What we have here is two people who want to honor the Lord, but they don’t agree on what that looks like. One is from a Jewish background and thinks observing Jewish feast days is important. The other is from a Gentile background and sees no reason to do so. Paul counsels liberty in this area. As long as both are trying to please the Lord, they don’t need to agree. This is a non-essential. Now, if their choices are inherently sinful, or if they are carried out with wrong attitudes and motivations, then there is reason to challenge that in the pursuit of holiness. But if someone is trying to please the Lord, and their application is different from how you would do it, leave room for that, for God has welcomed them. In non-essentials liberty.
We can apply this to differing positions on a range of issues.
Let’s say you have two believers who want to honor the Lord and the issue of police shootings of black men comes up. What is the right Christian response? One defends the victims of unjust death at the hands of police. The other defends the police force from unjust broad-brush condemnation. How do we walk together as believers while taking different sides on the issue?
One important thing we can do is this: let’s both agree on the essential truth that justice for all people matters because God is a God of justice. He executes justice for the fatherless and the widow, and loves the sojourner, giving him food and clothing (Deuteronomy 10:18). We may not agree on the particulars of the appropriate response (the non-essentials) but let us both agree to imitate the character of God who loves righteousness and justice (Psalm 33:5).
“In all things charity”
I therefore, a prisoner for the Lord, urge you to walk in a manner worthy of the calling to which you have been called, with all humility and gentleness, with patience, bearing with one another in love, eager to maintain the unity of the Spirit in the bond of peace. Ephesians 4:1-3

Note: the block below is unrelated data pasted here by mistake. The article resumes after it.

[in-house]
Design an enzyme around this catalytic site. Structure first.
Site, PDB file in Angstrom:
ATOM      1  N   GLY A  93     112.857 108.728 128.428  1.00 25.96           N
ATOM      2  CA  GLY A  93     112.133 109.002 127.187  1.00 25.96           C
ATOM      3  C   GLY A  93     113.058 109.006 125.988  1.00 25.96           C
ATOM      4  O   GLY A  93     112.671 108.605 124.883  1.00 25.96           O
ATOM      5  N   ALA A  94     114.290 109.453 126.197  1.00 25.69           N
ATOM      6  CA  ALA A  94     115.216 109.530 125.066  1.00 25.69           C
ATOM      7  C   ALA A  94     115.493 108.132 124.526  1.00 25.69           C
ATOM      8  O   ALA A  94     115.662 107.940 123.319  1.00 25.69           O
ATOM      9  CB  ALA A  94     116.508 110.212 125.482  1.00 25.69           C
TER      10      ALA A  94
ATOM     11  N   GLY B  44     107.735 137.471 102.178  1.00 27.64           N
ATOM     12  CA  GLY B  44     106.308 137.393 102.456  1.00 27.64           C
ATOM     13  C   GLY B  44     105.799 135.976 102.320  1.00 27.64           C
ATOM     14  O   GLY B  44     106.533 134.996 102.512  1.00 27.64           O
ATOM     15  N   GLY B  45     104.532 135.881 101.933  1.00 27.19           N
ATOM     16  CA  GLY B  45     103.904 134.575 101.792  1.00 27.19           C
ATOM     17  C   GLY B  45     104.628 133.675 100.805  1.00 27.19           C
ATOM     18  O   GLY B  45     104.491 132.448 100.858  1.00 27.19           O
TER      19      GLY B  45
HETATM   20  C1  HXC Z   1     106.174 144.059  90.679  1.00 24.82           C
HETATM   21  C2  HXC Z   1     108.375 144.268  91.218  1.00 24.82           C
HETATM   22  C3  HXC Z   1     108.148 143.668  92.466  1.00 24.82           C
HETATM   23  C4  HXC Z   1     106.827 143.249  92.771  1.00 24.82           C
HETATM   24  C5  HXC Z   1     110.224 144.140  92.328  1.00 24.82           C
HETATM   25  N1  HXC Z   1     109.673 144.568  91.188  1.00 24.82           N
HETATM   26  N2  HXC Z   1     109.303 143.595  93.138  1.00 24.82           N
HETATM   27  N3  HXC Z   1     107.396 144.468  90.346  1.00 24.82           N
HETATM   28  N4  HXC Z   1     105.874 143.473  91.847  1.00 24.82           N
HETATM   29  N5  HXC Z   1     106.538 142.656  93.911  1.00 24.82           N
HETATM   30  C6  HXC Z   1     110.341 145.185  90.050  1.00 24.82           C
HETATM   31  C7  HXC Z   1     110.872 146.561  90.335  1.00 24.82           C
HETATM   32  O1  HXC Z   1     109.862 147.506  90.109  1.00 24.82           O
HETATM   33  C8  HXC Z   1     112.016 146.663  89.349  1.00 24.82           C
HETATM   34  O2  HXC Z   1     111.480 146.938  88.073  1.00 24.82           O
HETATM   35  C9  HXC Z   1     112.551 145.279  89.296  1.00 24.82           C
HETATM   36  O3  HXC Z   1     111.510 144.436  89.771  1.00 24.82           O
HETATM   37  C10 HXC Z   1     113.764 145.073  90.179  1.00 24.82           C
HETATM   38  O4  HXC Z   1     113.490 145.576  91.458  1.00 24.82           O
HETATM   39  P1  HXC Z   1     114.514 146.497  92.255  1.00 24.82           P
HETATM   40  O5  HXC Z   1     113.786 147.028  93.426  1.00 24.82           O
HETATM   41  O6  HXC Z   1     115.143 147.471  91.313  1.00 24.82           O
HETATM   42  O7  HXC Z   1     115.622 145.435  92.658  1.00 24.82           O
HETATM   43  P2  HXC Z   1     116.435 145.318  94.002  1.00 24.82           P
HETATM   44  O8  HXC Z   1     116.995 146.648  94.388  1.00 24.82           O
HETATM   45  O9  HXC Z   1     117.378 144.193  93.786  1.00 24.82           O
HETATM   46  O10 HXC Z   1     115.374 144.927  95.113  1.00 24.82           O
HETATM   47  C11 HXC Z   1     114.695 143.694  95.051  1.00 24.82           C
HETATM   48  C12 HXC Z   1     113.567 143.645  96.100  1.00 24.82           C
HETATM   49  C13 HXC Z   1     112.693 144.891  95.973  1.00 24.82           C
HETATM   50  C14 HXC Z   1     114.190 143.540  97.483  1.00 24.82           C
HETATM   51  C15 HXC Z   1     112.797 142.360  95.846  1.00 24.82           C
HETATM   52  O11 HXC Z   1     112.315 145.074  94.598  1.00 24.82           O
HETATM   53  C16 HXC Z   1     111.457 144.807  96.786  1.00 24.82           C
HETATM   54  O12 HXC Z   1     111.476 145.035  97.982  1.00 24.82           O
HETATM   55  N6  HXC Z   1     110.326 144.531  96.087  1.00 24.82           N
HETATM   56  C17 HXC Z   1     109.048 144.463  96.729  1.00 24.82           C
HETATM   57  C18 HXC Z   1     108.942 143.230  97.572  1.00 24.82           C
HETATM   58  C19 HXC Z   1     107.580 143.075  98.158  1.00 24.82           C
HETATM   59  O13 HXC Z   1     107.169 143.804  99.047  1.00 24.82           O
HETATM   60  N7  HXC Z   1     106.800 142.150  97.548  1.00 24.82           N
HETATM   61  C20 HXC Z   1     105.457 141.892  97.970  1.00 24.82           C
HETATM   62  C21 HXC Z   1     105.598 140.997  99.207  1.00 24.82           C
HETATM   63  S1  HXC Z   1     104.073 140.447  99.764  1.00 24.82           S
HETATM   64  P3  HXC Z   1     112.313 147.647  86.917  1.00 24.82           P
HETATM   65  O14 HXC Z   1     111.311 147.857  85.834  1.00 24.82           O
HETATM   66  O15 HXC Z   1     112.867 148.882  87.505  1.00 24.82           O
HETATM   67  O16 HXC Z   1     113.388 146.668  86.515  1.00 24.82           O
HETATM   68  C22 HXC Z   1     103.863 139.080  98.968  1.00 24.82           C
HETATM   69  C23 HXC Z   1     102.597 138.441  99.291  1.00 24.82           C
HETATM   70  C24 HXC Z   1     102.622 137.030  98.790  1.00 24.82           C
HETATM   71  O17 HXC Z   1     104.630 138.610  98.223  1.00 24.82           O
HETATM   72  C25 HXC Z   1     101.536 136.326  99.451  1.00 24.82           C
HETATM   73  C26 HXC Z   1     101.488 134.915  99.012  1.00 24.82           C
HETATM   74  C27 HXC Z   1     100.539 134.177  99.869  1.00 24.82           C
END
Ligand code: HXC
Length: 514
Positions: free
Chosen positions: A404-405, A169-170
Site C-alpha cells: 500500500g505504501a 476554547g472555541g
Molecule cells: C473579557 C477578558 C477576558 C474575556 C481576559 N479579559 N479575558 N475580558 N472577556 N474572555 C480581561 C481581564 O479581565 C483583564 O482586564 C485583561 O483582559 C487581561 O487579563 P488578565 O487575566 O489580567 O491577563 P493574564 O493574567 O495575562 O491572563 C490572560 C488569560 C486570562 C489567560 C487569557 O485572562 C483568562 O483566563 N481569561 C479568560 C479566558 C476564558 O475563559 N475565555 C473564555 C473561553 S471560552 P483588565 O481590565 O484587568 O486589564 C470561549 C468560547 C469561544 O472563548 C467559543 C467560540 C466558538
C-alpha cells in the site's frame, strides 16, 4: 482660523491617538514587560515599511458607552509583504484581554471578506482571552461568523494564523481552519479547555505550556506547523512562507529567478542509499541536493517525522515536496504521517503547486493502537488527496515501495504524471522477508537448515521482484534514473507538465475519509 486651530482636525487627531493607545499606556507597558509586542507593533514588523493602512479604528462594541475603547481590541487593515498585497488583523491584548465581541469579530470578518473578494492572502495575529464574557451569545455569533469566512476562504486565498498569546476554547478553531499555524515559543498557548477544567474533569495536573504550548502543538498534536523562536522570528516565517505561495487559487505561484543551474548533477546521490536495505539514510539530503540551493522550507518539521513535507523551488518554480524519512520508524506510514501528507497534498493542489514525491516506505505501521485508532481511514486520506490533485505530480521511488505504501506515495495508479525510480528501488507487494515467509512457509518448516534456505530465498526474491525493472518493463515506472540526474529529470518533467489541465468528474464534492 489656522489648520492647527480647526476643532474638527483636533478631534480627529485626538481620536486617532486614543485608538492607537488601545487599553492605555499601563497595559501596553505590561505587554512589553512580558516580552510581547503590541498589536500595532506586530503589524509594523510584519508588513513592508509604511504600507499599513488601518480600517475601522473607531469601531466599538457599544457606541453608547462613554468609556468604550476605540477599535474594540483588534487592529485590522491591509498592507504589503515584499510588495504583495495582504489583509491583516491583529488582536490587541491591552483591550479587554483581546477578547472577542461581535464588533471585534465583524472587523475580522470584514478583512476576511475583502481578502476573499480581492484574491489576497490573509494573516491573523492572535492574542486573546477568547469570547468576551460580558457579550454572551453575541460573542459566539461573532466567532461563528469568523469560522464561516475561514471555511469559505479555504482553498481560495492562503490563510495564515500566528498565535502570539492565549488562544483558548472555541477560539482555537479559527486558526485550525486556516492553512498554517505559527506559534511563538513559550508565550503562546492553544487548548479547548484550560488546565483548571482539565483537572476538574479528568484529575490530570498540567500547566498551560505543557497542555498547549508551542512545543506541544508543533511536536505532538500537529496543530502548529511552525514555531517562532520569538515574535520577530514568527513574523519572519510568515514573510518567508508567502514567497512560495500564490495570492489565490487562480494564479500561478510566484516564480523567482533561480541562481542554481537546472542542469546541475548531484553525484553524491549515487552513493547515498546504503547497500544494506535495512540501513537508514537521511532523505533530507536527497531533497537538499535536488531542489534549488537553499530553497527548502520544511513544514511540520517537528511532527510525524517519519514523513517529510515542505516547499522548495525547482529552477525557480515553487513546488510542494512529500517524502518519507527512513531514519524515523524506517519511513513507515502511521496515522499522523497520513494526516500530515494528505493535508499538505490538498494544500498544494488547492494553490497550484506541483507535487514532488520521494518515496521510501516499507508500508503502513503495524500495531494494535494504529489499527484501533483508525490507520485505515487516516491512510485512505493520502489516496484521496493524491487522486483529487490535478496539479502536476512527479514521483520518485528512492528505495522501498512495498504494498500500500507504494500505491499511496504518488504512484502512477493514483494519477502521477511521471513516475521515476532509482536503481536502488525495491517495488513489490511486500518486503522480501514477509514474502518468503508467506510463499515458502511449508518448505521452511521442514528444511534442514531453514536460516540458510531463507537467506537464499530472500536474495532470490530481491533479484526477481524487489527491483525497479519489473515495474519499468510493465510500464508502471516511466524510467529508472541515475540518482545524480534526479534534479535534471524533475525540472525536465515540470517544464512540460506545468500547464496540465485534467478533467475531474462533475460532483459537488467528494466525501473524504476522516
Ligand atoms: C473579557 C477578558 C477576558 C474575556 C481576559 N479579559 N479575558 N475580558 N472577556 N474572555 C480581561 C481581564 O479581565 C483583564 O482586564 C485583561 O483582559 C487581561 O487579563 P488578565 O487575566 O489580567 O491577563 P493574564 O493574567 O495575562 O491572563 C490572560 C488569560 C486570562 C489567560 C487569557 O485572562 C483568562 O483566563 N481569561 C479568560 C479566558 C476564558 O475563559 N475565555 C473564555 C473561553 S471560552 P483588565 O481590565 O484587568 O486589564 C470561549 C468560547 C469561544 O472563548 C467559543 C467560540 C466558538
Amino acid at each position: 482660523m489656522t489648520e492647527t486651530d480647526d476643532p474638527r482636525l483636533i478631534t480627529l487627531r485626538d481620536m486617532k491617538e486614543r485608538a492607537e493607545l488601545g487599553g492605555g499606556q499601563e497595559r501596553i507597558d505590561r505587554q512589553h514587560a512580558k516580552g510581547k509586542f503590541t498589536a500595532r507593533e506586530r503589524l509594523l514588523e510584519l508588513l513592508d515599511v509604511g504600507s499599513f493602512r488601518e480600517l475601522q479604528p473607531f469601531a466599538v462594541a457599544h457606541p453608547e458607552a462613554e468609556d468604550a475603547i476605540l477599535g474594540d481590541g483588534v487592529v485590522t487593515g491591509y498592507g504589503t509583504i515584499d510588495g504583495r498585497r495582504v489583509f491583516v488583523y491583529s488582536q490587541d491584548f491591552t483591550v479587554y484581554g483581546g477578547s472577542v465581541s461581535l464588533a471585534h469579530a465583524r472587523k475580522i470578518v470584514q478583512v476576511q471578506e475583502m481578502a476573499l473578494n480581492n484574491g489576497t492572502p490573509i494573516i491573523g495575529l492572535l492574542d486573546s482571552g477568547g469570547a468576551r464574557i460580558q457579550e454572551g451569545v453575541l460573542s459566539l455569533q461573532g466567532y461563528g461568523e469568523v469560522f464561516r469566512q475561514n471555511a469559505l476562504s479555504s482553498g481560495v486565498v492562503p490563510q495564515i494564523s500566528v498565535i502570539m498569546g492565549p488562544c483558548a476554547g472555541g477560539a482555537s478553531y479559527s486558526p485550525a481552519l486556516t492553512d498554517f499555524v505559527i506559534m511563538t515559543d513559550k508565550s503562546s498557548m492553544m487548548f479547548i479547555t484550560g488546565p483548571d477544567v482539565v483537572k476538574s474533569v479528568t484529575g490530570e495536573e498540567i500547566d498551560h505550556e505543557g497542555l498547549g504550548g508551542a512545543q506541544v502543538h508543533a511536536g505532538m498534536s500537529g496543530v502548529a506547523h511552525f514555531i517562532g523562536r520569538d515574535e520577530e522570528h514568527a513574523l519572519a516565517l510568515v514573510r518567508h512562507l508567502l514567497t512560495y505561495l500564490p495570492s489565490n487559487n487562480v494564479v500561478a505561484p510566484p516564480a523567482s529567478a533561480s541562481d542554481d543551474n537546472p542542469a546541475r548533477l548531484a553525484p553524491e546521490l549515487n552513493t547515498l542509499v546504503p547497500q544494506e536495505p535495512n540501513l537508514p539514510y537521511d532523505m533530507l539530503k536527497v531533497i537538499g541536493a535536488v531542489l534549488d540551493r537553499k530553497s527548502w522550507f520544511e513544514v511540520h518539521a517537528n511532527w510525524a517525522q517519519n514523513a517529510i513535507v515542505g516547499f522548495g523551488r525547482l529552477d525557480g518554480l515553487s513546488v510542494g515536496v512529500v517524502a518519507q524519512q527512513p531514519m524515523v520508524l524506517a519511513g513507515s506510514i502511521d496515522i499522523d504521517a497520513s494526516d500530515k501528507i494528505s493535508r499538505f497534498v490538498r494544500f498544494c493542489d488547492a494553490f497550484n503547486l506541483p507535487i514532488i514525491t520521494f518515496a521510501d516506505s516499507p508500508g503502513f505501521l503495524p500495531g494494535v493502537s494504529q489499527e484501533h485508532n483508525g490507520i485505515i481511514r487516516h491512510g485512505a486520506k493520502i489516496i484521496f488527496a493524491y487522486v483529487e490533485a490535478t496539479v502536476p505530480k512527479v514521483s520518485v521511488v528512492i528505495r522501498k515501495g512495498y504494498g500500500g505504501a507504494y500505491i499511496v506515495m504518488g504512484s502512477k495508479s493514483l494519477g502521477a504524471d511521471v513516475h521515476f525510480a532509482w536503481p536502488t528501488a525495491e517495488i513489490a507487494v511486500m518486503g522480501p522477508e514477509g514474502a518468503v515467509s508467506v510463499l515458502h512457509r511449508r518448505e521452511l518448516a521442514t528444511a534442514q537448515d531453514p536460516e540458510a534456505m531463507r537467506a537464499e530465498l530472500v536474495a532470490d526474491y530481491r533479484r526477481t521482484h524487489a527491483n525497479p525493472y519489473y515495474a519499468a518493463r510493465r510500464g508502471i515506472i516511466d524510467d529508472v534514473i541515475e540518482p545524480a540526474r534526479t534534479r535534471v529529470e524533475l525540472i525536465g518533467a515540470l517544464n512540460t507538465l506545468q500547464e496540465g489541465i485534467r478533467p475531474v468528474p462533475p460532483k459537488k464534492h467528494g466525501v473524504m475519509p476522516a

This is the imperative of humility and love in our interactions with one another. In the midst of our disagreements, the only way to attain the unity of the faith and of the knowledge of the Son of God is to be eager to maintain the unity of the Spirit in the bond of peace. We’ll never get to the unity Christ wants for us if our relationships fall apart through division over non-essentials and sinful attitudes.
So we cultivate humility by remembering that we do not see everything as clearly as we might think, that we may lack wisdom in staking our position on a subject, and that as sinful humans we are prone to reaching conclusions that we want to believe while disregarding information that would challenge us. This gives us a healthy self-suspicion about our own opinions.
And we cultivate love by remembering that we share the same Holy Spirit, the indwelling presence of God, as members of the body of Christ. We are eager to maintain this God-created unity, not ready to separate at the first conflict. We are to be for one another as we journey toward conformity to his image and the eternal glories that await. Like the brothers forgiven by Joseph, who was a type of the Savior to come, the Lord would say to us “do not quarrel on the way” (Genesis 45:24). Let’s discuss the issues and let “iron sharpen iron” but not attack each other. In all things charity.
In essentials unity, in non-essentials liberty, in all things charity. If we keep these things in mind, we can fruitfully walk together in the bond of peace.